Maryland Gov. Martin O'Malley has signed a new law establishing that a power of sale is valid in existing and future deeds of trust originally granted to a corporate[IMAGE]
trustee. A power of sale clause is sometimes included in a mortgage contract or deed of trust that grants the lender the right to sell the property upon certain default without court approval.
Jeffrey Fisher, a principal of ""The Fisher Law Group, PLLC"":http://www.first-legal.com based in Upper Marlboro, Maryland, helped put the law change into play.[COLUMN_BREAK]
According to a statement from the firm, courts in several Maryland counties have been ruling that there is no valid power of sale in a deed of trust originally granted to a corporate trustee and that this defect cannot be cured by substituting a natural person as trustee.
The law does require that the power of sale be exercised only by a natural person. It also preserves the deed of trust when, by inadvertence, no trustee is named in the deed of trust. The power of sale law becomes effective on June 1, 2010.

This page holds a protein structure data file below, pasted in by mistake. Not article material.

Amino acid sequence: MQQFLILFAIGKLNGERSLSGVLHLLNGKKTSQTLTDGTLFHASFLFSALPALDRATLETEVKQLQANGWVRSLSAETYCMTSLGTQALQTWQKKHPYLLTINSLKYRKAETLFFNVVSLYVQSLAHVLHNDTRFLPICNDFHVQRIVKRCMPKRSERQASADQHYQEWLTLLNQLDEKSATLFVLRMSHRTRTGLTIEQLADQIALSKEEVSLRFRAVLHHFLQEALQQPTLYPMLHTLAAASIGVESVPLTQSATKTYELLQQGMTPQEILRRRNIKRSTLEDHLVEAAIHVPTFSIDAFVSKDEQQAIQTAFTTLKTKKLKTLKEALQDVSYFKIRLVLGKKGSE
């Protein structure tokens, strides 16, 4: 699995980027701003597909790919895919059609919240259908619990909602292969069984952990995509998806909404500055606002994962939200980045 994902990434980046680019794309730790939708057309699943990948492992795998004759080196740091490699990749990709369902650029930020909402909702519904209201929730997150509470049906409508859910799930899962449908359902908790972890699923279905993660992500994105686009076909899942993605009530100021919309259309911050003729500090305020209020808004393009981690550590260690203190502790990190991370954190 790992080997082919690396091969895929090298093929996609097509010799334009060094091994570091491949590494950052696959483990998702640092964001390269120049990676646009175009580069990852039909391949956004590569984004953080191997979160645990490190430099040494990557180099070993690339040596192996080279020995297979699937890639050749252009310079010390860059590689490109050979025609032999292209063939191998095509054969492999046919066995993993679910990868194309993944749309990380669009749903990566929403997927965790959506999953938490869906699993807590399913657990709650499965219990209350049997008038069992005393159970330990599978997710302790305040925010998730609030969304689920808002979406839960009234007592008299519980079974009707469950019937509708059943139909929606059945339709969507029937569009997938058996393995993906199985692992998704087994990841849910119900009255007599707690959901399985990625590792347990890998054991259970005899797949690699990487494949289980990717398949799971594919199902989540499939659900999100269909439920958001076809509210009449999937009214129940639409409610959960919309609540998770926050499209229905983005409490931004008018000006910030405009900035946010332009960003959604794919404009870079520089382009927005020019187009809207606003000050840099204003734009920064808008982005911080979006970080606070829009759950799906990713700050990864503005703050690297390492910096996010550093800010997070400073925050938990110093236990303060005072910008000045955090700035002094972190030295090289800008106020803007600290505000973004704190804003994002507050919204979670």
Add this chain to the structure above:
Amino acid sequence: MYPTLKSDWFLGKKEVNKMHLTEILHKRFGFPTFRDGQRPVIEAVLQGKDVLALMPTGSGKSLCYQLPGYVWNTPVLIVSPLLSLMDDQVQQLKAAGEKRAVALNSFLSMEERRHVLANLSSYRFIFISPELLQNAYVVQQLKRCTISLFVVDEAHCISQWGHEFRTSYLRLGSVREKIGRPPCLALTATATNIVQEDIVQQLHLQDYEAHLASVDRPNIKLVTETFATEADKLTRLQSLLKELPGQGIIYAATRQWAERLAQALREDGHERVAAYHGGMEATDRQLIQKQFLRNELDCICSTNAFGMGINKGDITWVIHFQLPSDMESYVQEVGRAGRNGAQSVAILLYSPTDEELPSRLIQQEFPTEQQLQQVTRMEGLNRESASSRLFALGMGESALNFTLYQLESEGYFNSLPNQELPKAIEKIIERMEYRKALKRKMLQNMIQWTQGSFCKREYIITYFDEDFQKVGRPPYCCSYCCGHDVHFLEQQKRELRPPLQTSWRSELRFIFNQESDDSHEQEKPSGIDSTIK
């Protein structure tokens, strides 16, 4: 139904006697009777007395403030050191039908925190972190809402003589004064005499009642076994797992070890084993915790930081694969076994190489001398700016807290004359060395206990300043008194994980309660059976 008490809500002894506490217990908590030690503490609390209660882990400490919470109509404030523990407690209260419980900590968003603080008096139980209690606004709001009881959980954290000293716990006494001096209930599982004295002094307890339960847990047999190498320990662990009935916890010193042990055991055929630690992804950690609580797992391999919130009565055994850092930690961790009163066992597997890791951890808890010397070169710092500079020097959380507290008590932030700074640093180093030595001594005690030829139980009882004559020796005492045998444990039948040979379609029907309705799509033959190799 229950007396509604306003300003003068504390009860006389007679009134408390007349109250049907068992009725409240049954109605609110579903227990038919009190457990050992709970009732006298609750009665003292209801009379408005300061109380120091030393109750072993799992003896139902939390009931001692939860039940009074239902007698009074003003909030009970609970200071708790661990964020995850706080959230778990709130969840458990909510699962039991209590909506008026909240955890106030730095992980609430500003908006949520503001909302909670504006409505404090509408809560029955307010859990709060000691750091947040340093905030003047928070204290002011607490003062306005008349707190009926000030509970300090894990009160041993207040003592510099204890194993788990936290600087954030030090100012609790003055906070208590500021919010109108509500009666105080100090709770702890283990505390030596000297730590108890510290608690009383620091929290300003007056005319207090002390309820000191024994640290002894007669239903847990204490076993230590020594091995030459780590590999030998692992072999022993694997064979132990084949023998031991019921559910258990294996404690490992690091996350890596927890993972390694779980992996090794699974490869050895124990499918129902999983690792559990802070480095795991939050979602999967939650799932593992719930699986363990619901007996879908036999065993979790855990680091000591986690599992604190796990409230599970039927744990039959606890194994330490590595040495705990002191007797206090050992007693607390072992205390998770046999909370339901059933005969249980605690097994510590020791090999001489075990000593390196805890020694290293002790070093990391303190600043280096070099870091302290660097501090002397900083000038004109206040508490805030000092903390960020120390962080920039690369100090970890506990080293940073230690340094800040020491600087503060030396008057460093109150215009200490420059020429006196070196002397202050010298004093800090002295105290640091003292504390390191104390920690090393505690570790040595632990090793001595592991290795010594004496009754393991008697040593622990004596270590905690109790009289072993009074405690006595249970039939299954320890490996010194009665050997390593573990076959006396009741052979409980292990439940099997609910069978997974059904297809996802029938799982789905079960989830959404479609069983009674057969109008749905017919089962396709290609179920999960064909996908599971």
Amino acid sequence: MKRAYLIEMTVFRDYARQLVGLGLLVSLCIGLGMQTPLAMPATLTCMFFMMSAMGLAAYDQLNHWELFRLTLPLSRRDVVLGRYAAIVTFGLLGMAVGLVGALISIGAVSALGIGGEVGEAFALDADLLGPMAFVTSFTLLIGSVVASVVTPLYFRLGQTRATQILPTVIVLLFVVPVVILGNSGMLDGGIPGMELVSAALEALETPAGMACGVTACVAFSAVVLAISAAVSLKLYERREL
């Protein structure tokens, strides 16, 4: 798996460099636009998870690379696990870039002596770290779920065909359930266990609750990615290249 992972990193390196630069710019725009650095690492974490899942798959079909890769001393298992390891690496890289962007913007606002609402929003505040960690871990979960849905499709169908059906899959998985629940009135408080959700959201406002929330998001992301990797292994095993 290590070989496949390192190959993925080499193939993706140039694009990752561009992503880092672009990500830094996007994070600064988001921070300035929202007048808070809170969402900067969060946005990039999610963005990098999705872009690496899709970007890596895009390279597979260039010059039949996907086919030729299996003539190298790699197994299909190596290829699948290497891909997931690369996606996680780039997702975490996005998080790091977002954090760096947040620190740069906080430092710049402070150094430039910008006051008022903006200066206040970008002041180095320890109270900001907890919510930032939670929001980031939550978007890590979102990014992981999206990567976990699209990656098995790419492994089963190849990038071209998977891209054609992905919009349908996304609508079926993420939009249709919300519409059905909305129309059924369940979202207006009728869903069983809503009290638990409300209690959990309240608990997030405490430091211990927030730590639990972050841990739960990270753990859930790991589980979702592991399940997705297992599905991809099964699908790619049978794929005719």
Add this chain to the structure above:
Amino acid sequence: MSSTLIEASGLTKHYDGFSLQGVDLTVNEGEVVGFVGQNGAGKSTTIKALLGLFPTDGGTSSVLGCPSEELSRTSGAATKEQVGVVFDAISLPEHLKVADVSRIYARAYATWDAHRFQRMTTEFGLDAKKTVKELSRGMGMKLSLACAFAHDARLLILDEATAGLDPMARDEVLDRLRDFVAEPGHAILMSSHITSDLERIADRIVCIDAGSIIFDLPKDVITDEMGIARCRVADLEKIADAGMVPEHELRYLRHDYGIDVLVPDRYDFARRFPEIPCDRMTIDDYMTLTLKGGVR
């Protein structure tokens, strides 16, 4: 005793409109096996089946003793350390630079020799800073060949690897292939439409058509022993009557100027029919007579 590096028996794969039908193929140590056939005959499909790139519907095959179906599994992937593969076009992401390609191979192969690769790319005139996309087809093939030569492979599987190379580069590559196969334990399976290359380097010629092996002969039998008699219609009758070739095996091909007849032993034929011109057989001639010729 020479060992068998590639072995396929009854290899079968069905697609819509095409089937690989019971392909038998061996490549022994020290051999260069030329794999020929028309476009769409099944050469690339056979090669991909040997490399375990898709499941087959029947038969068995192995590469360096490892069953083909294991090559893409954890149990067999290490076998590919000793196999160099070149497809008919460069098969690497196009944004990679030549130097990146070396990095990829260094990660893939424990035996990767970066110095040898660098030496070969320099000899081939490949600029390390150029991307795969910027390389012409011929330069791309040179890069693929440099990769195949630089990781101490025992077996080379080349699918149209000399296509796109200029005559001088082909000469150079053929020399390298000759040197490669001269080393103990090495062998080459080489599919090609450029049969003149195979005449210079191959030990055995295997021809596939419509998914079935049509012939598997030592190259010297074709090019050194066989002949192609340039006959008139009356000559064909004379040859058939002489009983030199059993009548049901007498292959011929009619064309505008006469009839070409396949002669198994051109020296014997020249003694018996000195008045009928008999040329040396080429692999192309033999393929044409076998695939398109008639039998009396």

Fisher was the original proponent of a legislative response to the earlier court decisions invalidating a power of sale. In collaboration with Jacob Geesing, Esq. of Bierman, Geesing, Ward & Wood, LLC, Fisher prepared an original draft bill and obtained a sponsor in the Maryland House of Delegates. A coalition including the foreclosure bar, the Maryland Land Title Association, and the Maryland Bankers Association provided continuing support for the passage of the bill.
Fisher said, ""While we did not feel the judges were correct, it was a very technical issue. However, we thought we had established credibility with the legislature and could quickly resolve the matter legislatively.""